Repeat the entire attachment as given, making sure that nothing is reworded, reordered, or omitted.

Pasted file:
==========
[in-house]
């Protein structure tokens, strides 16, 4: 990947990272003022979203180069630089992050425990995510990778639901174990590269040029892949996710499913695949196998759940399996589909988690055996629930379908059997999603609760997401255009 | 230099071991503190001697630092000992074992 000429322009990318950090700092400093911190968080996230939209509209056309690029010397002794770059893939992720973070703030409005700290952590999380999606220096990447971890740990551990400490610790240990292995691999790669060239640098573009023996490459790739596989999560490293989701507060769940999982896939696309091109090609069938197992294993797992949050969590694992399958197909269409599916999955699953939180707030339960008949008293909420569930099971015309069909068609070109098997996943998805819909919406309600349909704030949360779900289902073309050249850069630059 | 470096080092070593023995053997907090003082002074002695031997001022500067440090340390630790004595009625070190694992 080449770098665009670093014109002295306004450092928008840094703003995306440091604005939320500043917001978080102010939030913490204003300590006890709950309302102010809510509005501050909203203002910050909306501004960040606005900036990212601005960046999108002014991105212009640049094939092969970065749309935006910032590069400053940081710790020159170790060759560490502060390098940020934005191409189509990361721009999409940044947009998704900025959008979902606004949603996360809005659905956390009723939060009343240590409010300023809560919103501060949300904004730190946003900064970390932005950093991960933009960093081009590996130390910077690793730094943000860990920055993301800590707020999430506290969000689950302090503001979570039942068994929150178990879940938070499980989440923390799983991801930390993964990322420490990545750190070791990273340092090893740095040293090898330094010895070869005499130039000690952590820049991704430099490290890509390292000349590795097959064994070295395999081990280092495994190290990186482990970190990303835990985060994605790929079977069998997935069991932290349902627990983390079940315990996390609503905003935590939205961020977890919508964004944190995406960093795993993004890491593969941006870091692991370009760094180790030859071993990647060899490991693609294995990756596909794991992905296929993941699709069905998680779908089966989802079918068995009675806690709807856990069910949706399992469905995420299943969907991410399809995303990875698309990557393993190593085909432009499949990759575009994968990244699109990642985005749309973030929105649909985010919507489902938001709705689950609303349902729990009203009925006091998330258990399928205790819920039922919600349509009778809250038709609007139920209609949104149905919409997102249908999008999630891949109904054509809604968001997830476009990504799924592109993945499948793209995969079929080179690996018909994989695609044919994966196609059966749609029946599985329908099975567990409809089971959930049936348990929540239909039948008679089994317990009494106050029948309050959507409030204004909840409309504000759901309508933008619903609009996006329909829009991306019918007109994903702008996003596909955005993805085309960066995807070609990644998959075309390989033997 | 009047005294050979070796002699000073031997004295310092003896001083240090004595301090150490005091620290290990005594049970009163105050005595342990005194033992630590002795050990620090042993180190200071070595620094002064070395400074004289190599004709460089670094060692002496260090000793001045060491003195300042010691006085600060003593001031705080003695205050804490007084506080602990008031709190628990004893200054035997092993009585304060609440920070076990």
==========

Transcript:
[in-house]
């Protein structure tokens, strides 16, 4: 990947990272003022979203180069630089992050425990995510990778639901174990590269040029892949996710499913695949196998759940399996589909988690055996629930379908059997999603609760997401255009 | 230099071991503190001697630092000992074992 000429322009990318950090700092400093911190968080996230939209509209056309690029010397002794770059893939992720973070703030409005700290952590999380999606220096990447971890740990551990400490610790240990292995691999790669060239640098573009023996490459790739596989999560490293989701507060769940999982896939696309091109090609069938197992294993797992949050969590694992399958197909269409599916999955699953939180707030339960008949008293909420569930099971015309069909068609070109098997996943998805819909919406309600349909704030949360779900289902073309050249850069630059 | 470096080092070593023995053997907090003082002074002695031997001022500067440090340390630790004595009625070190694992 080449770098665009670093014109002295306004450092928008840094703003995306440091604005939320500043917001978080102010939030913490204003300590006890709950309302102010809510509005501050909203203002910050909306501004960040606005900036990212601005960046999108002014991105212009640049094939092969970065749309935006910032590069400053940081710790020159170790060759560490502060390098940020934005191409189509990361721009999409940044947009998704900025959008979902606004949603996360809005659905956390009723939060009343240590409010300023809560919103501060949300904004730190946003900064970390932005950093991960933009960093081009590996130390910077690793730094943000860990920055993301800590707020999430506290969000689950302090503001979570039942068994929150178990879940938070499980989440923390799983991801930390993964990322420490990545750190070791990273340092090893740095040293090898330094010895070869005499130039000690952590820049991704430099490290890509390292000349590795097959064994070295395999081990280092495994190290990186482990970190990303835990985060994605790929079977069998997935069991932290349902627990983390079940315990996390609503905003935590939205961020977890919508964004944190995406960093795993993004890491593969941006870091692991370009760094180790030859071993990647060899490991693609294995990756596909794991992905296929993941699709069905998680779908089966989802079918068995009675806690709807856990069910949706399992469905995420299943969907991410399809995303990875698309990557393993190593085909432009499949990759575009994968990244699109990642985005749309973030929105649909985010919507489902938001709705689950609303349902729990009203009925006091998330258990399928205790819920039922919600349509009778809250038709609007139920209609949104149905919409997102249908999008999630891949109904054509809604968001997830476009990504799924592109993945499948793209995969079929080179690996018909994989695609044919994966196609059966749609029946599985329908099975567990409809089971959930049936348990929540239909039948008679089994317990009494106050029948309050959507409030204004909840409309504000759901309508933008619903609009996006329909829009991306019918007109994903702008996003596909955005993805085309960066995807070609990644998959075309390989033997 | 009047005294050979070796002699000073031997004295310092003896001083240090004595301090150490005091620290290990005594049970009163105050005595342990005194033992630590002795050990620090042993180190200071070595620094002064070395400074004289190599004709460089670094060692002496260090000793001045060491003195300042010691006085600060003593001031705080003695205050804490007084506080602990008031709190628990004893200054035997092993009585304060609440920070076990």